Watson beat Justin Thomas 3&2, a result that prevented second seed Thomas from assuming the world number one ranking.
American 32nd seed Kisner outlasted Swedish 13th seed Alex Noren 1-up at the first extra hole in the other semi-final in benign conditions at Austin Country Club.
Noren had a seven-foot birdie putt to win at the 18th hole but he missed it after allowing for too much break.
It was a mistake he lived to regret because Noren subsequently made a complete mess of his long approach putt from off the green at the 19th hole, the par-five 12th, and could not make birdie.
That gave Kisner a chance to win the match with a five-foot birdie, and he sank it dead centre.
"It was a tough match," Kisner told Golf Channel.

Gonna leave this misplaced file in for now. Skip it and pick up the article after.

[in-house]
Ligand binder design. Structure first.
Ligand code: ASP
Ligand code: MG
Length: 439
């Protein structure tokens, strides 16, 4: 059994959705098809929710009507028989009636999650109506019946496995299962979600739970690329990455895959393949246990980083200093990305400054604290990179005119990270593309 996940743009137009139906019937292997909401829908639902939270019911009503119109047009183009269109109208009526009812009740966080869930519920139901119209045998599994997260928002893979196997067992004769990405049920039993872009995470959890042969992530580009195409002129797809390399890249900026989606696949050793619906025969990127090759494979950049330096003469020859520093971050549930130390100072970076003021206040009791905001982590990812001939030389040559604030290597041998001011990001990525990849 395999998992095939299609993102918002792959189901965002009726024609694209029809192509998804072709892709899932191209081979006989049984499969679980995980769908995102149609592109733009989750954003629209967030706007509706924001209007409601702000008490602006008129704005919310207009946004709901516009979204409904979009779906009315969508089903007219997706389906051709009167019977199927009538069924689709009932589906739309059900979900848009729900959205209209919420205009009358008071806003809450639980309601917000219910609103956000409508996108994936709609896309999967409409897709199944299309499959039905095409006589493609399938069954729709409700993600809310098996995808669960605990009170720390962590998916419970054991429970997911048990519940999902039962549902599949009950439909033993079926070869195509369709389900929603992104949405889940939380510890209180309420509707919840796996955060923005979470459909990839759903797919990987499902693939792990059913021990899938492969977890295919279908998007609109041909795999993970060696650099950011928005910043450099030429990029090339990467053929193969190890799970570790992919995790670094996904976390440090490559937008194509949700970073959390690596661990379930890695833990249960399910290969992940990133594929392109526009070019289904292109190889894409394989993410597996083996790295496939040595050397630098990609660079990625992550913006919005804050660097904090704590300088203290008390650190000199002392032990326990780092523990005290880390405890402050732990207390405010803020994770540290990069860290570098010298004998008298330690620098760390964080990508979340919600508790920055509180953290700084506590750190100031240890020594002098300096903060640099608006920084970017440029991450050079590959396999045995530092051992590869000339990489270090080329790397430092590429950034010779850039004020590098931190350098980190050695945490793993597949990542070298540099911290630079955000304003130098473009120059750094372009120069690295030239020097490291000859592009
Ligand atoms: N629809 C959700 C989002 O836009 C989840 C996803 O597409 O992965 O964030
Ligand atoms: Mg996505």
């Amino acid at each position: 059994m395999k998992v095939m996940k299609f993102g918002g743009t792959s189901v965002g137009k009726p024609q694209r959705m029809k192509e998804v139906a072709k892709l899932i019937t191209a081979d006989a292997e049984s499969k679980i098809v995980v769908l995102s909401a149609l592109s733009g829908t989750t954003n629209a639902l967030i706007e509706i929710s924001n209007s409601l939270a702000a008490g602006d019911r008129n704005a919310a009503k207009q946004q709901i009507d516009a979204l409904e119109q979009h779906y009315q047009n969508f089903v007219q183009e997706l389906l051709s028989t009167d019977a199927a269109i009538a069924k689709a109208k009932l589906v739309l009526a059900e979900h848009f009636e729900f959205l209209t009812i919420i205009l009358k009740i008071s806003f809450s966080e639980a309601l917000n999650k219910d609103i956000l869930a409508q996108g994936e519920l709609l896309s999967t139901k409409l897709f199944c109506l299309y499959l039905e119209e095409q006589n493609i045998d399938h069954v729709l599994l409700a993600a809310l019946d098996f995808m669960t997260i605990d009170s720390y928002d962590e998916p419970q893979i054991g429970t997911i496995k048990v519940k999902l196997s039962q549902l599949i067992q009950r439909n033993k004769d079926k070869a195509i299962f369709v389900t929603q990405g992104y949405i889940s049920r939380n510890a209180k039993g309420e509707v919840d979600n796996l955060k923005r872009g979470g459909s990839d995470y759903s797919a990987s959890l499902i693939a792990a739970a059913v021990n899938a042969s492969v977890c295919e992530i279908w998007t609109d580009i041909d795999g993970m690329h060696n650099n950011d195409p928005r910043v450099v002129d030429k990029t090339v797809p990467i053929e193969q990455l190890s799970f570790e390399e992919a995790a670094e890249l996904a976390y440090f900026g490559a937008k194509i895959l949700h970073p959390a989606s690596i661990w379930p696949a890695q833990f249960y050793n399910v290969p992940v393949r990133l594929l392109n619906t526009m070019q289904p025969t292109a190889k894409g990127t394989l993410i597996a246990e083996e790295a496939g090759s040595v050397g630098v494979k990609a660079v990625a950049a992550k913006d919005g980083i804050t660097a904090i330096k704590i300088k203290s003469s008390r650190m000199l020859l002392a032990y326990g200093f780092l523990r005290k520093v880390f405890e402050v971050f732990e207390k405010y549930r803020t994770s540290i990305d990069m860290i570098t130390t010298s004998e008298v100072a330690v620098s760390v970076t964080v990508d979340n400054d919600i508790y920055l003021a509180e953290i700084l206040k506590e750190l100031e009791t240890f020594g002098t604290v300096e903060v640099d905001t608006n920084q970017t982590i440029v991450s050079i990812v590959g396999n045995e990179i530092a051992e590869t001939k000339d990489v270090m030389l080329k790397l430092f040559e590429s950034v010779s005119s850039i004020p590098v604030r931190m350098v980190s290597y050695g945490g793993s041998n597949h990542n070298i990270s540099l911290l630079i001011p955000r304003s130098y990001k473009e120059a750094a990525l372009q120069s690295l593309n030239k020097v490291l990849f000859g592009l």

"He kept hitting it in there close. If he had made any of those putts it would have been tough to come back from, but I hung in there and made putts when I needed."
"I'll see if I can drive it within 100 yards of him," Kisner said of the prospect of playing the long-hitting Watson in the 18-hole final.
Watson had time for a leisurely lunch while the other semi-final ran long.
"I made one mistake (choosing the wrong club at the par-three seventh. Apart from that) I didn't really make any mistakes," two-times Masters winner Watson said.
"I made some putts early. I just played solid and he didn't make any putts."
After playing brilliantly for most of the week, Thomas was slightly off his game, hitting a series of shots that were surprisingly poor by his own high standards.
Watson is seeded 35th despite his recent return to form highlighted by a victory at the Los Angeles tour stop at Riviera in February.
His relatively low ranking is due primarily to last year's mediocre form that caused him to plummet down the list. (Reporting by Andrew Both in Cary, North Carolina; Editing by Clare Fallon)